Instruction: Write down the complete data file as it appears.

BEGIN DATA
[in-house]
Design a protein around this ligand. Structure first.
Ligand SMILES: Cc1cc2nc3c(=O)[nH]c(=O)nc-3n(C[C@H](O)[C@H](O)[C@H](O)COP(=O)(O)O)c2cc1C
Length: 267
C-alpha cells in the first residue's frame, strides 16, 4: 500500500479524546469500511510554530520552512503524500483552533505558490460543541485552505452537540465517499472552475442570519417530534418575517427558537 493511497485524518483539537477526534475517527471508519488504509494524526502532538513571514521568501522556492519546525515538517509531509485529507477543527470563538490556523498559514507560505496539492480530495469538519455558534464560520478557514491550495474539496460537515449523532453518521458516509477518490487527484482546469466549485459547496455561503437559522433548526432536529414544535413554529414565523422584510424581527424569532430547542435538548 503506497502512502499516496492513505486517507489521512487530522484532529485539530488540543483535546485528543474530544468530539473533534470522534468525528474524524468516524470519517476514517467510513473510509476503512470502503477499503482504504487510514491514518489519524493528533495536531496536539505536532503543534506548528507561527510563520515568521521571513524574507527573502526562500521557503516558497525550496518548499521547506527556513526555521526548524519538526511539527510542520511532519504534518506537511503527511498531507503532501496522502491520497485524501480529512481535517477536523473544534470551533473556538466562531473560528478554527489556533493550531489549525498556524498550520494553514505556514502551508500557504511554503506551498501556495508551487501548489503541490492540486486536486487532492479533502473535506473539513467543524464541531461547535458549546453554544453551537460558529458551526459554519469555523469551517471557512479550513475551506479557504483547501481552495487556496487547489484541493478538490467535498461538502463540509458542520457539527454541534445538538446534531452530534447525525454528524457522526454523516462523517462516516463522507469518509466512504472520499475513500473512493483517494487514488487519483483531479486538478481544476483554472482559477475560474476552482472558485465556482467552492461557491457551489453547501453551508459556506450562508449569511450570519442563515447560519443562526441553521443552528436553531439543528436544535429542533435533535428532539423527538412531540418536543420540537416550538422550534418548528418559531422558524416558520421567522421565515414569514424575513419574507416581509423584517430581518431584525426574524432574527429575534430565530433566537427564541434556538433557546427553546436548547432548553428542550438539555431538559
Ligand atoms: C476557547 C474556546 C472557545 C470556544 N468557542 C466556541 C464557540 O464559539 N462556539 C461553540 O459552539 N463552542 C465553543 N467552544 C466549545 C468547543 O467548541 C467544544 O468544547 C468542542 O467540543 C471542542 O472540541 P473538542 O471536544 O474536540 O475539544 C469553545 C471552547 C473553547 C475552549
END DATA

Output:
[in-house]
Design a protein around this ligand. Structure first.
Ligand SMILES: Cc1cc2nc3c(=O)[nH]c(=O)nc-3n(C[C@H](O)[C@H](O)[C@H](O)COP(=O)(O)O)c2cc1C
Length: 267
C-alpha cells in the first residue's frame, strides 16, 4: 500500500479524546469500511510554530520552512503524500483552533505558490460543541485552505452537540465517499472552475442570519417530534418575517427558537 493511497485524518483539537477526534475517527471508519488504509494524526502532538513571514521568501522556492519546525515538517509531509485529507477543527470563538490556523498559514507560505496539492480530495469538519455558534464560520478557514491550495474539496460537515449523532453518521458516509477518490487527484482546469466549485459547496455561503437559522433548526432536529414544535413554529414565523422584510424581527424569532430547542435538548 503506497502512502499516496492513505486517507489521512487530522484532529485539530488540543483535546485528543474530544468530539473533534470522534468525528474524524468516524470519517476514517467510513473510509476503512470502503477499503482504504487510514491514518489519524493528533495536531496536539505536532503543534506548528507561527510563520515568521521571513524574507527573502526562500521557503516558497525550496518548499521547506527556513526555521526548524519538526511539527510542520511532519504534518506537511503527511498531507503532501496522502491520497485524501480529512481535517477536523473544534470551533473556538466562531473560528478554527489556533493550531489549525498556524498550520494553514505556514502551508500557504511554503506551498501556495508551487501548489503541490492540486486536486487532492479533502473535506473539513467543524464541531461547535458549546453554544453551537460558529458551526459554519469555523469551517471557512479550513475551506479557504483547501481552495487556496487547489484541493478538490467535498461538502463540509458542520457539527454541534445538538446534531452530534447525525454528524457522526454523516462523517462516516463522507469518509466512504472520499475513500473512493483517494487514488487519483483531479486538478481544476483554472482559477475560474476552482472558485465556482467552492461557491457551489453547501453551508459556506450562508449569511450570519442563515447560519443562526441553521443552528436553531439543528436544535429542533435533535428532539423527538412531540418536543420540537416550538422550534418548528418559531422558524416558520421567522421565515414569514424575513419574507416581509423584517430581518431584525426574524432574527429575534430565530433566537427564541434556538433557546427553546436548547432548553428542550438539555431538559
Ligand atoms: C476557547 C474556546 C472557545 C470556544 N468557542 C466556541 C464557540 O464559539 N462556539 C461553540 O459552539 N463552542 C465553543 N467552544 C466549545 C468547543 O467548541 C467544544 O468544547 C468542542 O467540543 C471542542 O472540541 P473538542 O471536544 O474536540 O475539544 C469553545 C471552547 C473553547 C475552549